Guidance, not coercion
They warn ministers to resist the temptation to take central control through the Learning and Skills Council. Powers should be with the 47 local arms to issue sound information, advice and guidance, the inquiry report says.
There is deep scepticism about the command and control planning that underlies much of the learning and skills White Paper and Bill, now before Parliament.
The inquiry, which took the form of papers presented to a series of seminars, was organised by the Institute for Public Policy Research (set up by Labour in opposition) and the Further Education Development Agency. Participants included senior figures from both sides of industry, the Employment Policy Institute, education organisations, the careers service, local government, and youth and community groups.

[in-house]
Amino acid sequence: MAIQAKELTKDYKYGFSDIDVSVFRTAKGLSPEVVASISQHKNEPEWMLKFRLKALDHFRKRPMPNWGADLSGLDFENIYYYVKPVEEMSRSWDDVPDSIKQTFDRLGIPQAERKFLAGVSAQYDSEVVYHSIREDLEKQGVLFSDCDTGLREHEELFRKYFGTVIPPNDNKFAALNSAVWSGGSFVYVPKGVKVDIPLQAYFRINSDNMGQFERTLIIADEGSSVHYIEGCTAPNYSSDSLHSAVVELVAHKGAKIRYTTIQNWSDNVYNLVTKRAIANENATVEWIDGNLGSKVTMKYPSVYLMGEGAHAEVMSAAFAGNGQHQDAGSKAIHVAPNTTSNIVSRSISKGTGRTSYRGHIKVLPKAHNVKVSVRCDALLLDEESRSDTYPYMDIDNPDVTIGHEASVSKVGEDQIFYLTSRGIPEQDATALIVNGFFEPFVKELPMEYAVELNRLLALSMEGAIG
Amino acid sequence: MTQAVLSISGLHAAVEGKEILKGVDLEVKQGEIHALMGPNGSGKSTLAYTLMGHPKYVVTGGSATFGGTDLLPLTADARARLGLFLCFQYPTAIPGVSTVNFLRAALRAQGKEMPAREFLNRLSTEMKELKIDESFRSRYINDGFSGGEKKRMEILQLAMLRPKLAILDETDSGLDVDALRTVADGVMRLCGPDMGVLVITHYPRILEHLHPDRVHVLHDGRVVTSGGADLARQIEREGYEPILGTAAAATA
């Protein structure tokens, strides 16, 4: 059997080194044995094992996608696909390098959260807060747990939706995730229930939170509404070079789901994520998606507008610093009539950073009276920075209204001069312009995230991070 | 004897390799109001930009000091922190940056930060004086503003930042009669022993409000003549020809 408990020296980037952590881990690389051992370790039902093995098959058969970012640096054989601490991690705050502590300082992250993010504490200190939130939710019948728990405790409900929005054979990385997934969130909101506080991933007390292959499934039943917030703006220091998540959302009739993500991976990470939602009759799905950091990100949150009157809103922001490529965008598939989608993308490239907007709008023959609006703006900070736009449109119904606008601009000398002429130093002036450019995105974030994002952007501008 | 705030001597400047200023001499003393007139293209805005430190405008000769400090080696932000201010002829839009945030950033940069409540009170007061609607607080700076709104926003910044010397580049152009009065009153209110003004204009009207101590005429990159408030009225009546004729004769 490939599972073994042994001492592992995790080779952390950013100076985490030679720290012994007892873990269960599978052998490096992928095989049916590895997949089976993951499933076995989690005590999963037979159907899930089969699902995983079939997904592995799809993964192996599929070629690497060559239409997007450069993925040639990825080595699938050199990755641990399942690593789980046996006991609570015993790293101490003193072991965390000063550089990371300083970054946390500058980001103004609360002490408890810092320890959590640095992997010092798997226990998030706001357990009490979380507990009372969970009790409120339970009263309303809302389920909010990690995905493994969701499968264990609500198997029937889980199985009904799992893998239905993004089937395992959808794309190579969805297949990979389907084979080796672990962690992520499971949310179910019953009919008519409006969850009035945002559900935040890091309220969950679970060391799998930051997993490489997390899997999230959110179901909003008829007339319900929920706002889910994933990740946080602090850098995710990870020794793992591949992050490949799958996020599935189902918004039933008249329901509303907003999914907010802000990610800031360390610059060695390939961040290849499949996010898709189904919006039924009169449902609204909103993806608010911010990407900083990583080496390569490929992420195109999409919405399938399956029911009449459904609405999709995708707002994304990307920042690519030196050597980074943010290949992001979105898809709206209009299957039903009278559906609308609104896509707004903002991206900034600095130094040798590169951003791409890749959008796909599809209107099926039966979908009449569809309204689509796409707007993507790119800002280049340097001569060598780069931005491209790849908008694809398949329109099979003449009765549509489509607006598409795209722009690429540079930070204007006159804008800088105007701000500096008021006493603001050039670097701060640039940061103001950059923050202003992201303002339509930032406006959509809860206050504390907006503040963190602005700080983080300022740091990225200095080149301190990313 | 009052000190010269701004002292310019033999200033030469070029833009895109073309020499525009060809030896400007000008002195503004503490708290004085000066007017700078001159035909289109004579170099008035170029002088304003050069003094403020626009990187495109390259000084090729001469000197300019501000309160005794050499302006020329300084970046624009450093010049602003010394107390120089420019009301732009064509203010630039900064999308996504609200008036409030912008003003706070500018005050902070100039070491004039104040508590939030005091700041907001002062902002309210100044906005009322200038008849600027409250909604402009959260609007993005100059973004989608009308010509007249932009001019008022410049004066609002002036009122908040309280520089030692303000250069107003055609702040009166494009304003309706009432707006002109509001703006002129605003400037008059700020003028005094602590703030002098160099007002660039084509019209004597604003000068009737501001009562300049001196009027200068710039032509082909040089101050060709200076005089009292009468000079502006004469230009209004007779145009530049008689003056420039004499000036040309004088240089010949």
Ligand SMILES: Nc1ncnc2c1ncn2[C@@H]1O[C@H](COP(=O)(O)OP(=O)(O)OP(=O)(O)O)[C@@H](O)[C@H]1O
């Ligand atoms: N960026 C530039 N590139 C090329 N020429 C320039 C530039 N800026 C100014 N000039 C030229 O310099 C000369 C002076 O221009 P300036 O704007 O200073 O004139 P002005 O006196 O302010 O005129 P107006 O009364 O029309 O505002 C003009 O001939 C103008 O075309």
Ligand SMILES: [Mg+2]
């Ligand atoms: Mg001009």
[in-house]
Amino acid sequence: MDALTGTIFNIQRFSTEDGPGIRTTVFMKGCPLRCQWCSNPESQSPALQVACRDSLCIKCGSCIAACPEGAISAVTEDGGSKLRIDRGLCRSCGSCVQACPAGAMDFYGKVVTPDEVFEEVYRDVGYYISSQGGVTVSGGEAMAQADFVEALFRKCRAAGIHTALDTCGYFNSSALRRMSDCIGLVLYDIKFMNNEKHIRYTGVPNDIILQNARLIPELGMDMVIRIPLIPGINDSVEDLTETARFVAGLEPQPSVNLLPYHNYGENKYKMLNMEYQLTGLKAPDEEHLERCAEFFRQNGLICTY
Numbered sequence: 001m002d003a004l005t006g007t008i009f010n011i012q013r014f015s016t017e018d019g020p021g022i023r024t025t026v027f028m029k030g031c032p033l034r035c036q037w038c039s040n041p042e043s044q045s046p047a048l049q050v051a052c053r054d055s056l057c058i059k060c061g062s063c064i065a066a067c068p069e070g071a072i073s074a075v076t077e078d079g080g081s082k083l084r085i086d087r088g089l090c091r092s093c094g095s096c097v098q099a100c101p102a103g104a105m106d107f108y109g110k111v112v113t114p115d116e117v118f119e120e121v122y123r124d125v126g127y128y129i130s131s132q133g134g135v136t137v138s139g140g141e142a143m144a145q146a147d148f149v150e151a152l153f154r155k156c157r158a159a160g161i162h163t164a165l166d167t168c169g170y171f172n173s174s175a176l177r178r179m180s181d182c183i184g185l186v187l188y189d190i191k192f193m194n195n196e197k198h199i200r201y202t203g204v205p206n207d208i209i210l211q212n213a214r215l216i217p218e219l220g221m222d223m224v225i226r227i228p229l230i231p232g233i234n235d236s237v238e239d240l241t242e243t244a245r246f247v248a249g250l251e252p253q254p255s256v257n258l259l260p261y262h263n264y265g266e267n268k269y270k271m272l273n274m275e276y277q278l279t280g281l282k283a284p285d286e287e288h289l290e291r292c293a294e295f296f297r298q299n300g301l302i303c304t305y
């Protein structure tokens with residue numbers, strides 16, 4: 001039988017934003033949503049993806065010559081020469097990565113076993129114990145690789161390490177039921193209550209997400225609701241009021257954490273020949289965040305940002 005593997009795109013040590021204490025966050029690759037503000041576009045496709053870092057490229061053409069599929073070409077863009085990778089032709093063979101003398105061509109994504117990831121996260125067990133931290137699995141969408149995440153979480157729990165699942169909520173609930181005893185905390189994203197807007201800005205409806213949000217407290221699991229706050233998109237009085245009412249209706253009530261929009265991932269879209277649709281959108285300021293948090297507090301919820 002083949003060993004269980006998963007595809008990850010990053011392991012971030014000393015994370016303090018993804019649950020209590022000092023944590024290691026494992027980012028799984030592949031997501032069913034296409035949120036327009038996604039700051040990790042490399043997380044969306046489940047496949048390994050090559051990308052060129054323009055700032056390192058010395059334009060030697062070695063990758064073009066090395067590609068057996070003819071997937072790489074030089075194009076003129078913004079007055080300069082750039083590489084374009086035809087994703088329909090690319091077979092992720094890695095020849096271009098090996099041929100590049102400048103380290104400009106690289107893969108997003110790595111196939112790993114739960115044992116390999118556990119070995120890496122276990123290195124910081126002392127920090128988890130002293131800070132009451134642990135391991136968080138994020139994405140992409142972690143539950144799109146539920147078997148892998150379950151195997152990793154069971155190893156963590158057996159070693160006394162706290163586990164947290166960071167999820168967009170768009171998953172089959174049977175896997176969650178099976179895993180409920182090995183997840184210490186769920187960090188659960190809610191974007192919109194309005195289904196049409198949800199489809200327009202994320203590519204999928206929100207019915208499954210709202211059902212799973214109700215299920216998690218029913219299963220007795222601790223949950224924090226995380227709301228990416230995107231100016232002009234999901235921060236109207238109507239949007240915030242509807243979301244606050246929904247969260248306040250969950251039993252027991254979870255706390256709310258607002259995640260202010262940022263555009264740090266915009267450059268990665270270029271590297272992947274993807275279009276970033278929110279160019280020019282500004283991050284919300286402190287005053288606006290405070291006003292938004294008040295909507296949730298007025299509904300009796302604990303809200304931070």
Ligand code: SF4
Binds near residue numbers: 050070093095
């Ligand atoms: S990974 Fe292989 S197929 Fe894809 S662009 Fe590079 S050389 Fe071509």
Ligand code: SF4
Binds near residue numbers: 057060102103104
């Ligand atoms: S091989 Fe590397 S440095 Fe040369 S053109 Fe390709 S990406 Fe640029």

Evidence suggests that efforts to plan te education and training market have little effect on individual choice. The report, The New Learning Market, shows overwhelming agreement that "informed customer choice is a sound basis for a learning market to operate". A command and control approach would not give an efficient system, it concludes. It calls for better careers advice and support systems to influence customers rather than coerce them. It recommends making "customer feedback and satisfaction" major drivers of the new system.
One of the biggest concerns was that the Learning and Skills Council would be used to centralise control: measures should be taken to prevent this. A clash of interests was identified, because the council would be responsible for both issuing guidance and hitting government targets. "This could prejudiced the impartiality of advice," the report warns.
The annual planning and funding round should be dropped in favour of a constant dialogue between customers and providers to address needs, it concludes.
Analysis, pages 38-39